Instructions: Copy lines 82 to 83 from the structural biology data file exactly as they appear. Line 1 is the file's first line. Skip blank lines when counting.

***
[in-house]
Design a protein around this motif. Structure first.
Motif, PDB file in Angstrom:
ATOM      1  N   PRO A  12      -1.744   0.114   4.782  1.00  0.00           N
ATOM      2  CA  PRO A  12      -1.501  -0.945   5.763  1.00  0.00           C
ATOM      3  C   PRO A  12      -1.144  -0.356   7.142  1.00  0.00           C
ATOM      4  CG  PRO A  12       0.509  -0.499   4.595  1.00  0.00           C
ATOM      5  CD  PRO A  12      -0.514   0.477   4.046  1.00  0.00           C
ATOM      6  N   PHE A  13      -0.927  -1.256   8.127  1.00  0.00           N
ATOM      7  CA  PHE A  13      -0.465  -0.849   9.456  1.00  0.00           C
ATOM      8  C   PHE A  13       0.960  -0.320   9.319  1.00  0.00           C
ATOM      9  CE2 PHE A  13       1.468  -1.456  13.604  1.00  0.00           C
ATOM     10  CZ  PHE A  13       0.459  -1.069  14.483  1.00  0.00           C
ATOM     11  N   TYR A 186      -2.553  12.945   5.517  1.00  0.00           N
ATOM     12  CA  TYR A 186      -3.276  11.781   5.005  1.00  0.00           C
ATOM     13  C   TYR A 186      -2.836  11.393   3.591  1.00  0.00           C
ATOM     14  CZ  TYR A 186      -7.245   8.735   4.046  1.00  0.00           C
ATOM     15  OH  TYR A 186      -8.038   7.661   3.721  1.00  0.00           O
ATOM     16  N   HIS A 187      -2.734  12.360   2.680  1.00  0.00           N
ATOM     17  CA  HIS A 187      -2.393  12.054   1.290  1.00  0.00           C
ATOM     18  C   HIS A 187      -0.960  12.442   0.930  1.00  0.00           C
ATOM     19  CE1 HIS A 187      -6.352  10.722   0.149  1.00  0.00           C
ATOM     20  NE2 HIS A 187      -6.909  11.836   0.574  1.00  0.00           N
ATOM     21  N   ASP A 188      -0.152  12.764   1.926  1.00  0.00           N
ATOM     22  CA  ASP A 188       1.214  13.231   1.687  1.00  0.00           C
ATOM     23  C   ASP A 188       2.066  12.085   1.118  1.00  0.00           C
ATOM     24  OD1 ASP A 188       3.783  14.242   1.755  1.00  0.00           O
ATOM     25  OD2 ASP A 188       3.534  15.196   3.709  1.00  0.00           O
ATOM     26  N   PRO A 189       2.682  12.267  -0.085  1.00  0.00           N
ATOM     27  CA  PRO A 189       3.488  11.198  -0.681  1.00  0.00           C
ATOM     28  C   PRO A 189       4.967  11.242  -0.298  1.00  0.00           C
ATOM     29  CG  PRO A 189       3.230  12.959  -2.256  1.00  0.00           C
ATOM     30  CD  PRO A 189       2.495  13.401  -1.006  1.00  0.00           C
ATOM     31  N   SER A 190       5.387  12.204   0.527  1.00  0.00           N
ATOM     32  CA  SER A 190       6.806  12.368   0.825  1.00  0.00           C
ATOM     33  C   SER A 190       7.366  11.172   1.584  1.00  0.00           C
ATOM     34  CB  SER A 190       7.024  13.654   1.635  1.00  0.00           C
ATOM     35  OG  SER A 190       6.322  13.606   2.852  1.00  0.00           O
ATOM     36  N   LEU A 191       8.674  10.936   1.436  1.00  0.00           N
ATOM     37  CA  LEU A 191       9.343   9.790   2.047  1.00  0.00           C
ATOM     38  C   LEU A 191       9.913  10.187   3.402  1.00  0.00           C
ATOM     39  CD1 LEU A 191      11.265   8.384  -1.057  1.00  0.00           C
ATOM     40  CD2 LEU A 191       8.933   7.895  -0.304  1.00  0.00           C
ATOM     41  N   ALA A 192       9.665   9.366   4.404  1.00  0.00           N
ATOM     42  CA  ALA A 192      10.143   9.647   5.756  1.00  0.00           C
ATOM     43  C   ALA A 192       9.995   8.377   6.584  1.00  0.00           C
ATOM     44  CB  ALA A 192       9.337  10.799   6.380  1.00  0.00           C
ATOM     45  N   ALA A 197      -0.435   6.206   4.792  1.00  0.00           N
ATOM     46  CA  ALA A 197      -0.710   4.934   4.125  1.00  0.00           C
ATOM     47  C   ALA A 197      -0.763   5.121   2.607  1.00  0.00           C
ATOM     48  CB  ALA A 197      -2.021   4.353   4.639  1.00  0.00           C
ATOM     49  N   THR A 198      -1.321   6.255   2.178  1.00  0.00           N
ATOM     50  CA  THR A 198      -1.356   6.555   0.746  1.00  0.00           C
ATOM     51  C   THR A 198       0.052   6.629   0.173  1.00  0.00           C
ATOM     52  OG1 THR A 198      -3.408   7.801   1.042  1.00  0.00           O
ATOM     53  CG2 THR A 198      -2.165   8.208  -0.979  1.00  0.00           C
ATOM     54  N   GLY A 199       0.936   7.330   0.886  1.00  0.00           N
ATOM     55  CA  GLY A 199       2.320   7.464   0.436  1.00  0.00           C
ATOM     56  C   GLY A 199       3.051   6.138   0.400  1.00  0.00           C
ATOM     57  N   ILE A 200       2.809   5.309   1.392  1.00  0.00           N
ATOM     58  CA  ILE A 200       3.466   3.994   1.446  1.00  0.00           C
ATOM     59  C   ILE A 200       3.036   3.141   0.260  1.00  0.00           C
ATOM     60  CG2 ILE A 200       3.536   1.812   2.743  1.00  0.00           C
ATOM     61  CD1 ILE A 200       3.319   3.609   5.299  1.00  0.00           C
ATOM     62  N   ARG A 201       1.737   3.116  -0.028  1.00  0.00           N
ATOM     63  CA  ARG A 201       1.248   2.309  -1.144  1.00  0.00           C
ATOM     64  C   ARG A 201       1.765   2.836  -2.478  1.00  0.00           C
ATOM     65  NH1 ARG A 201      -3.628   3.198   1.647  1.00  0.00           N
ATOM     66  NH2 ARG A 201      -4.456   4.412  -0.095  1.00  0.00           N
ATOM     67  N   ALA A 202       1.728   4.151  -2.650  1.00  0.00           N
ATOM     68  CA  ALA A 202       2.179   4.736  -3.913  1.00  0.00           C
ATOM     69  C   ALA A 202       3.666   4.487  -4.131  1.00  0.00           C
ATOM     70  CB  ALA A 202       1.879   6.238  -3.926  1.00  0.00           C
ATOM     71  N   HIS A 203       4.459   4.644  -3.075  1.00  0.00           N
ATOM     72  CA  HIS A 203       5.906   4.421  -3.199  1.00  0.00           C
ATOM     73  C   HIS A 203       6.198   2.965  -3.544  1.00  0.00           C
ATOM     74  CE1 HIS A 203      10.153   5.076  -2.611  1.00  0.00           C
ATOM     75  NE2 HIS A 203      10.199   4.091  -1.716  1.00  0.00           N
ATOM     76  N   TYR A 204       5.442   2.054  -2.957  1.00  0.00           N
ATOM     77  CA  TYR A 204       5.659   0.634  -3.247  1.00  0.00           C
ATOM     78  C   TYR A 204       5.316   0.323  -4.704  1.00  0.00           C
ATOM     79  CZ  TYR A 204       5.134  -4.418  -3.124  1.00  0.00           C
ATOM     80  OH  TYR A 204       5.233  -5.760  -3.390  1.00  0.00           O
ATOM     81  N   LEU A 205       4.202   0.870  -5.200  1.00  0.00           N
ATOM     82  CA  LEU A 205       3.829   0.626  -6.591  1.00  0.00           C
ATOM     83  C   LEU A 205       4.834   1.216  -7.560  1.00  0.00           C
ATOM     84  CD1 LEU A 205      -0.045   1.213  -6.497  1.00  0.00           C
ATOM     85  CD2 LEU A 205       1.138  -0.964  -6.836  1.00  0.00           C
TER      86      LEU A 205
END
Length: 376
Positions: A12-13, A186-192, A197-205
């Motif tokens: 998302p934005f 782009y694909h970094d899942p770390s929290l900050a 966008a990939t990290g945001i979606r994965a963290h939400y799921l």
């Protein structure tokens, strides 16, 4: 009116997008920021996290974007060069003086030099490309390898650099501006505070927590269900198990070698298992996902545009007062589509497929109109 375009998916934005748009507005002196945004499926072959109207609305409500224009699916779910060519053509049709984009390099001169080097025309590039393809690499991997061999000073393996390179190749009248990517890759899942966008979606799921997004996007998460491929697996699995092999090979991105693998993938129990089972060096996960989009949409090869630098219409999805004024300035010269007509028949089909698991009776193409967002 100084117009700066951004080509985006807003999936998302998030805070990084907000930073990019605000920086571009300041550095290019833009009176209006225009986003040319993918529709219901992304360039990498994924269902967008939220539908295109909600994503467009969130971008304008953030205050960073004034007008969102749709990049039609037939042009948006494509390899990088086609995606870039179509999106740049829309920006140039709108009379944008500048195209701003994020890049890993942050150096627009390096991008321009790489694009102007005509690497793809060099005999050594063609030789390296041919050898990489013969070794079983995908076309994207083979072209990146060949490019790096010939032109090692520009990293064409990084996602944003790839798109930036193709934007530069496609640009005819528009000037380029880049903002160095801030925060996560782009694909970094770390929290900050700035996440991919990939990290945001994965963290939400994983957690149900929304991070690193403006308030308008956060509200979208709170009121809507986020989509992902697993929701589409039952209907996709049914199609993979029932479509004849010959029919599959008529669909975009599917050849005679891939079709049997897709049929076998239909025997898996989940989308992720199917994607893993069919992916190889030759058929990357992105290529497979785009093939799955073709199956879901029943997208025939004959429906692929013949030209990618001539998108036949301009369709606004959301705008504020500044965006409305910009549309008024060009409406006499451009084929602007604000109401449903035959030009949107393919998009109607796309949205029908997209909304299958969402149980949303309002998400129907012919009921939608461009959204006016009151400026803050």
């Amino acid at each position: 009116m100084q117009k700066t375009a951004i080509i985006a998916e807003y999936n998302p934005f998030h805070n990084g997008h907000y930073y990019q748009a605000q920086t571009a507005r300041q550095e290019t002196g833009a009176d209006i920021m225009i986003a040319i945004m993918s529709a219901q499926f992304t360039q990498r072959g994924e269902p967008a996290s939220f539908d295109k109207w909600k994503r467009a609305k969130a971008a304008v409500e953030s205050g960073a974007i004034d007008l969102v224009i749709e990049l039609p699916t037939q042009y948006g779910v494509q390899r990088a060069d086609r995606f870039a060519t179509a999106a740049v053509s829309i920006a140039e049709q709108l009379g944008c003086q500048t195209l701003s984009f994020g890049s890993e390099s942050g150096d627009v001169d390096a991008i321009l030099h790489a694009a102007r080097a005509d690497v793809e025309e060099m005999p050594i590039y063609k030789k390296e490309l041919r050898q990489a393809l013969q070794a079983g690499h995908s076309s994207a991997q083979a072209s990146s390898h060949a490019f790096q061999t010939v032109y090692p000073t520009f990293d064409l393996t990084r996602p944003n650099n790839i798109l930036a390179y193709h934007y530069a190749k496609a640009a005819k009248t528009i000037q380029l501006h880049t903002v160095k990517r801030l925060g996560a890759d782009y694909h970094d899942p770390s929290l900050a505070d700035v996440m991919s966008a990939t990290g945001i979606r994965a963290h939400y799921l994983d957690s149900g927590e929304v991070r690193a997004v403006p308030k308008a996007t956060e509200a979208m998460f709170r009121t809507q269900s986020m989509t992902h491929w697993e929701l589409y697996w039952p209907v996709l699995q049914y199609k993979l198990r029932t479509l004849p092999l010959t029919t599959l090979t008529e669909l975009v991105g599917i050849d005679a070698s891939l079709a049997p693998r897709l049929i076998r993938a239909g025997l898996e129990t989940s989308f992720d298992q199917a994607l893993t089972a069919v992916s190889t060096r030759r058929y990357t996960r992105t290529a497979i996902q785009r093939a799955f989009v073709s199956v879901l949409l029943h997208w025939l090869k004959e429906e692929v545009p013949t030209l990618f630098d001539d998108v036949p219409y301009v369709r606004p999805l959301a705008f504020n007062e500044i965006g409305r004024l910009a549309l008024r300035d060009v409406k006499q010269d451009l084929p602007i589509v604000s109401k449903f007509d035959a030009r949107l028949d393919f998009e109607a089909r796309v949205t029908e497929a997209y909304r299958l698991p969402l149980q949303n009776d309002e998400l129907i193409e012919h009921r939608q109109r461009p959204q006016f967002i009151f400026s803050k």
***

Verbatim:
ATOM     79  CZ  TYR A 204       5.134  -4.418  -3.124  1.00  0.00           C
ATOM     80  OH  TYR A 204       5.233  -5.760  -3.390  1.00  0.00           O